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Picks :
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Picks is a monthly sampling of Japan's art scene, offering commentary by a variety of reviewers about exhibitions at museums and galleries in recent weeks, with an emphasis on contemporary art by young artists.

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image image 15 May 2018
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Nobuya Abe 1913-1971: Insatiable Quest beyond Borders
23 March - 20 May 2018
Hiroshima City Museum of Contemporary Art
(Hiroshima)
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Wartime works by Japanese artists that glorified the nation are referred to now as "war paintings," so perhaps the many postwar works that expressed the cruelty and despair of war should be called "defeat paintings." A classic example of this genre is Nobuya Abe's Hunger, depicting several skeletal men lying prone on the ground. In the fifties Abe's work grew increasingly abstract as he moved in the direction of Art Informel, shifting styles at a dizzying pace. His most original creations, however, were the grotesque human figures he painted in the first decade after Japan's defeat.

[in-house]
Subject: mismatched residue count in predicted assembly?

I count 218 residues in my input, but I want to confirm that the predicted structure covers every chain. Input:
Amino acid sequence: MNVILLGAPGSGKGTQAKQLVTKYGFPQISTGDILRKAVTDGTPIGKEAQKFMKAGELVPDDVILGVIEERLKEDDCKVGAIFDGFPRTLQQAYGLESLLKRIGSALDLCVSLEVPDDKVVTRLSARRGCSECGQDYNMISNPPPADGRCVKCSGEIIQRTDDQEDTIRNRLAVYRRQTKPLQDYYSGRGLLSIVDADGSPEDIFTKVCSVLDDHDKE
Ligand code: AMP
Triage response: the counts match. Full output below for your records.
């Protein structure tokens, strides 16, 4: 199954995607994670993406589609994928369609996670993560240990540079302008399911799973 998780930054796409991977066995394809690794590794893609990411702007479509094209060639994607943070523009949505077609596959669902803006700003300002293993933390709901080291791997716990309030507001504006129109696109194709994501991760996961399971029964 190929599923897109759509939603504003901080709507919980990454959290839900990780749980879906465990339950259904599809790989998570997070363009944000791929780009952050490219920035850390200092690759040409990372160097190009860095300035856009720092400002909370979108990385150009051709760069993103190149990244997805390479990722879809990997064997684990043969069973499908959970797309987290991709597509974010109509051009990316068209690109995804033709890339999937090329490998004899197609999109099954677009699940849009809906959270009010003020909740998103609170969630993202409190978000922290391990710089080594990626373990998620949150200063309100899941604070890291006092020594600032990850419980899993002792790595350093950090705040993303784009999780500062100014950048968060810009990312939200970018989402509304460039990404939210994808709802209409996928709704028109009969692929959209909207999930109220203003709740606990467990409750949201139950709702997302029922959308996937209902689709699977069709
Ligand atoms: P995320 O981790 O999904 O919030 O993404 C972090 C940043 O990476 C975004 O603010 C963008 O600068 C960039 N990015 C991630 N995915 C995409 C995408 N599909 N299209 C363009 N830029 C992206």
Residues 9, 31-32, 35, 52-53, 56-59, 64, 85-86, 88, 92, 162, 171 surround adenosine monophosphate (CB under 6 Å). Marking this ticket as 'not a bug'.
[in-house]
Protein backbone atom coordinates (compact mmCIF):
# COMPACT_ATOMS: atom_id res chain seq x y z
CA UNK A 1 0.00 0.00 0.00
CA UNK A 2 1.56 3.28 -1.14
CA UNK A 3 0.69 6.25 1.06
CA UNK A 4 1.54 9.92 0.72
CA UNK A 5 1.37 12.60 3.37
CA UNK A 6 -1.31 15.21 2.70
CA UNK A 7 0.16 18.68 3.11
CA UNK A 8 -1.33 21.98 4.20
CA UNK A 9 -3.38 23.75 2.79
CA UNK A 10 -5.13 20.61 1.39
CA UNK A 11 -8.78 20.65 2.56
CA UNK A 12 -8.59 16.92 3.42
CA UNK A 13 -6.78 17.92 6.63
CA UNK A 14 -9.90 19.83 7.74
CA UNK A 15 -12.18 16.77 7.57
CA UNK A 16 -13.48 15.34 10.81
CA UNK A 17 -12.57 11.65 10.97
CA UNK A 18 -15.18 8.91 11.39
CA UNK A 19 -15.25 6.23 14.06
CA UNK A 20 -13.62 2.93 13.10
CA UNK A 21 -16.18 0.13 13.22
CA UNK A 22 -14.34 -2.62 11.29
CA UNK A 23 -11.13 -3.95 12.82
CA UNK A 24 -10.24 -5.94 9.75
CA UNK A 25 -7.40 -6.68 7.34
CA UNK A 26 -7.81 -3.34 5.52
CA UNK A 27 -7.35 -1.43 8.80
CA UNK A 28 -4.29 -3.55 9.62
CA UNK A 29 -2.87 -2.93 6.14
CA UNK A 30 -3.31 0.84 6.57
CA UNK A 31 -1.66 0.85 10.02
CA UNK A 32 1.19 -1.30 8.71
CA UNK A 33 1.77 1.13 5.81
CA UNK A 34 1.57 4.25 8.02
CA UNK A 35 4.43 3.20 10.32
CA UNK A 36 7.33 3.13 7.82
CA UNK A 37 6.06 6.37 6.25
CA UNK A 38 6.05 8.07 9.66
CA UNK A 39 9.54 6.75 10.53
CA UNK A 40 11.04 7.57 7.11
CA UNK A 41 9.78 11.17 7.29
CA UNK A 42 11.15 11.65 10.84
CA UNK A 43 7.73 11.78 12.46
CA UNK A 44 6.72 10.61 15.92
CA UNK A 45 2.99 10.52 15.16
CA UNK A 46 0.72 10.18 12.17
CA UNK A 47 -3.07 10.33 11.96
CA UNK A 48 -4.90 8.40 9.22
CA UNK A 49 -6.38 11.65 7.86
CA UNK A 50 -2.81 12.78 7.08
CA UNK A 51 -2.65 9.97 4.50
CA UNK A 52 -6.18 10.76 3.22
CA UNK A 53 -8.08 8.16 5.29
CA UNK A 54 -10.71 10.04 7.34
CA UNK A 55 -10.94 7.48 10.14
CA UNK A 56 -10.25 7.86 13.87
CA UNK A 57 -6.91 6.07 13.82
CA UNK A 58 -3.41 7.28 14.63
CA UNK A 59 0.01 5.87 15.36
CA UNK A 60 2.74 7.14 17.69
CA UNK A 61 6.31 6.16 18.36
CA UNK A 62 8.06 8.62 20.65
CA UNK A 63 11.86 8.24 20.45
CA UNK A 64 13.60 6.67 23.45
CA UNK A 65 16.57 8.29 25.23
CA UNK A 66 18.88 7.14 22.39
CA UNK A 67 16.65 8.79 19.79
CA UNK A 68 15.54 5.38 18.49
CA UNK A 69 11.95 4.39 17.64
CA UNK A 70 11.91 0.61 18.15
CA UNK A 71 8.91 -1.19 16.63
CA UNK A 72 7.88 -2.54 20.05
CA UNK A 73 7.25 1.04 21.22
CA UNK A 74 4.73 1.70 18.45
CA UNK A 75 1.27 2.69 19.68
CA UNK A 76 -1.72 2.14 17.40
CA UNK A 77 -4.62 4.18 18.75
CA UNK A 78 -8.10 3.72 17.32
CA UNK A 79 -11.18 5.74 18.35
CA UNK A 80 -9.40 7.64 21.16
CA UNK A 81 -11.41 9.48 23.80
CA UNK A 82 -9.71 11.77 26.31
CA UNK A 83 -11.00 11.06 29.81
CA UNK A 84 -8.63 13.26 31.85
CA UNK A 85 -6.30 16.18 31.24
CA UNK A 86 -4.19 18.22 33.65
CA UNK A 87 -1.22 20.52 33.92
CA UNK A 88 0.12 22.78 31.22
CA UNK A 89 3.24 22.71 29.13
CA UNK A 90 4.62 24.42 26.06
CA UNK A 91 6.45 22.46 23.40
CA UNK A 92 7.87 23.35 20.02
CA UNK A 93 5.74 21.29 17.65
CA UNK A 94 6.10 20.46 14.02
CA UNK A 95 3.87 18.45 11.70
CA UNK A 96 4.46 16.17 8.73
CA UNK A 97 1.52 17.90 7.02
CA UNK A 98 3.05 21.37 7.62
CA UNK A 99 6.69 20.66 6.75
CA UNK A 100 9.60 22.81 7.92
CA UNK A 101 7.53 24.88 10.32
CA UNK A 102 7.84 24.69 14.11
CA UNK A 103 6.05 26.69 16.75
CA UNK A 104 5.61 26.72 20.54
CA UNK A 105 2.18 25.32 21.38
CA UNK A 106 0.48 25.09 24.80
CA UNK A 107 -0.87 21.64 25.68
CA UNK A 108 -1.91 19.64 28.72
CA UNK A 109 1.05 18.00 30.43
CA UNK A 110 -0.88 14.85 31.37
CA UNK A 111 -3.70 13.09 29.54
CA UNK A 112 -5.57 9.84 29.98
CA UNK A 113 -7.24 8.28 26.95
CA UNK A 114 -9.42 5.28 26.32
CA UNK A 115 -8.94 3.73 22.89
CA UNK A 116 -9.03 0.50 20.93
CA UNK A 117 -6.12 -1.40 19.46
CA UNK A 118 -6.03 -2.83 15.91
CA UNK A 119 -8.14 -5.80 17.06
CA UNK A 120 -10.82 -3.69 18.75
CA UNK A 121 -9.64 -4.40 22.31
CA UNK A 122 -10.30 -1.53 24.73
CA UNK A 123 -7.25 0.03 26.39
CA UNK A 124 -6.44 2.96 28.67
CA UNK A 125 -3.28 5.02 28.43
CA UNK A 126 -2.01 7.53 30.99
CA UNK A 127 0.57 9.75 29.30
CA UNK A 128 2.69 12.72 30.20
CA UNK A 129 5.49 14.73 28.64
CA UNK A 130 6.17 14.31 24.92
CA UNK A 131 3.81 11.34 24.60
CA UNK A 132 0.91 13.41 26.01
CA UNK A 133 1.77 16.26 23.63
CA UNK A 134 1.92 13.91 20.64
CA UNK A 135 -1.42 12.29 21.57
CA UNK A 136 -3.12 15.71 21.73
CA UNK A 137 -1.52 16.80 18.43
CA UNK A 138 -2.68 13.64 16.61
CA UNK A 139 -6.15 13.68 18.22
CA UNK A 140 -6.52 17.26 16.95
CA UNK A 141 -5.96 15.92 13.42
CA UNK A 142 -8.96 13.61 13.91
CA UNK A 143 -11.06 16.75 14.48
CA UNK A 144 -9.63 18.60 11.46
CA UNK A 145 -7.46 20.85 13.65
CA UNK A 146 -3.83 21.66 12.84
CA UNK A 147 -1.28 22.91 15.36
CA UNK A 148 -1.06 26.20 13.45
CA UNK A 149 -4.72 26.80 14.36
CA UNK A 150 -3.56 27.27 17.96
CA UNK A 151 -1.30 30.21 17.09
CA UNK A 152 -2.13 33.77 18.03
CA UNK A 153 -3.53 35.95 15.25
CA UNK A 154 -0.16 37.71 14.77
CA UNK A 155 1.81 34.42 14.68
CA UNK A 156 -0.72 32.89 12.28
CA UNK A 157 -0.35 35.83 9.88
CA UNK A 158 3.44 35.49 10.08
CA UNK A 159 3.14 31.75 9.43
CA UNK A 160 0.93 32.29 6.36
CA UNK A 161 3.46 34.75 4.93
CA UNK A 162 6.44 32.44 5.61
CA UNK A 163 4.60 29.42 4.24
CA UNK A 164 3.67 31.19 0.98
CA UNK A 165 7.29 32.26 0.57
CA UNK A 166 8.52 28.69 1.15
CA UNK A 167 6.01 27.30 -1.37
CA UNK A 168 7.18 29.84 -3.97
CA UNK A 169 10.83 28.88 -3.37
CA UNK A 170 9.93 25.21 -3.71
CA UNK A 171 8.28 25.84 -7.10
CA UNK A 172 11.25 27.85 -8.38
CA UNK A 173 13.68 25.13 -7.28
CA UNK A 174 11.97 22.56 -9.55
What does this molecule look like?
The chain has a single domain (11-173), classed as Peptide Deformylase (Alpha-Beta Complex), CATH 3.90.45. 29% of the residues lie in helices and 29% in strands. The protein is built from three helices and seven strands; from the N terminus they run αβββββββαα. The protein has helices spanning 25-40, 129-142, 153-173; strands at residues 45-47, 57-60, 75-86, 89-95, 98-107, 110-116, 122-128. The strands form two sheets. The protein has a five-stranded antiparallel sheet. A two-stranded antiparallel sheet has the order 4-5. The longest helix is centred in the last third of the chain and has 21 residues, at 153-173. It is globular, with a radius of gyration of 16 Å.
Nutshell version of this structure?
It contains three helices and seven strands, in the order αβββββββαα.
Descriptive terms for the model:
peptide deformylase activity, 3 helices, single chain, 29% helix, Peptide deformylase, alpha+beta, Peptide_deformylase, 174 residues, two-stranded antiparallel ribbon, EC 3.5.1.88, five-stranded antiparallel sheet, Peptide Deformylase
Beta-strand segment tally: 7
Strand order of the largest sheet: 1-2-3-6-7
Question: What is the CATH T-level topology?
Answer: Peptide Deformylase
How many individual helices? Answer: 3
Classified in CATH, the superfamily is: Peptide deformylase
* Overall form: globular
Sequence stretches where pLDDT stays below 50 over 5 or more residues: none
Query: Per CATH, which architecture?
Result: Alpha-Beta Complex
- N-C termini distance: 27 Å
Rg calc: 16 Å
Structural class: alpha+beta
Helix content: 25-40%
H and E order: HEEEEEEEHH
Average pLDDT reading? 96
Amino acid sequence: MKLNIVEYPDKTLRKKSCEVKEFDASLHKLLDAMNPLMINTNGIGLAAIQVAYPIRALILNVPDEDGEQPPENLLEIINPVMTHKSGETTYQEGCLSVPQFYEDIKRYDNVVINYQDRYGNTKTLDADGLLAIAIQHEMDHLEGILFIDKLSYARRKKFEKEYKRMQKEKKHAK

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2018-1 Collection Highlights & Special Feature: "Women's March"
24 February - 17 June 2018
Hiroshima City Museum of Contemporary Art
(Hiroshima)
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While the “Collection Highlights” on the first floor consist entirely of works by male artists, the “Women’s March” show in the basement showcases women. The movement against sexual discrimination coincides on many levels with the peace and antinuclear movements. An iconic figure at this intersection is artist Nancy Spero (1926-2009), who shared the Hiroshima Art Prize with her partner Leon Golub in 1996. Appropriately for an exhibition in Hiroshima, the “Women’s March” show features six works by Spero.

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Koiso Ryohei and Yoshihara Jiro: Dividing Ridge of the Hanshinkan Modernism

24 March - 27 May 2018

Hyogo Prefectural Museum of Art
(Hyogo)
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Koiso (1903-88) was a master of academic figurative art; his contemporary Yoshihara (1905-72) was a leading avant-gardist who founded the legendary Gutai group. Both men were born and raised in the Hanshin region spanning Kobe and Osaka, yet their artistic trajectories could not have been more different. The show plays up those differences, tracing how their paths increasingly diverged after World War II. Though they apparently met several times, a photo of the two men together does not suggest that they were particularly chummy. (See this month's Focus for a detailed review.)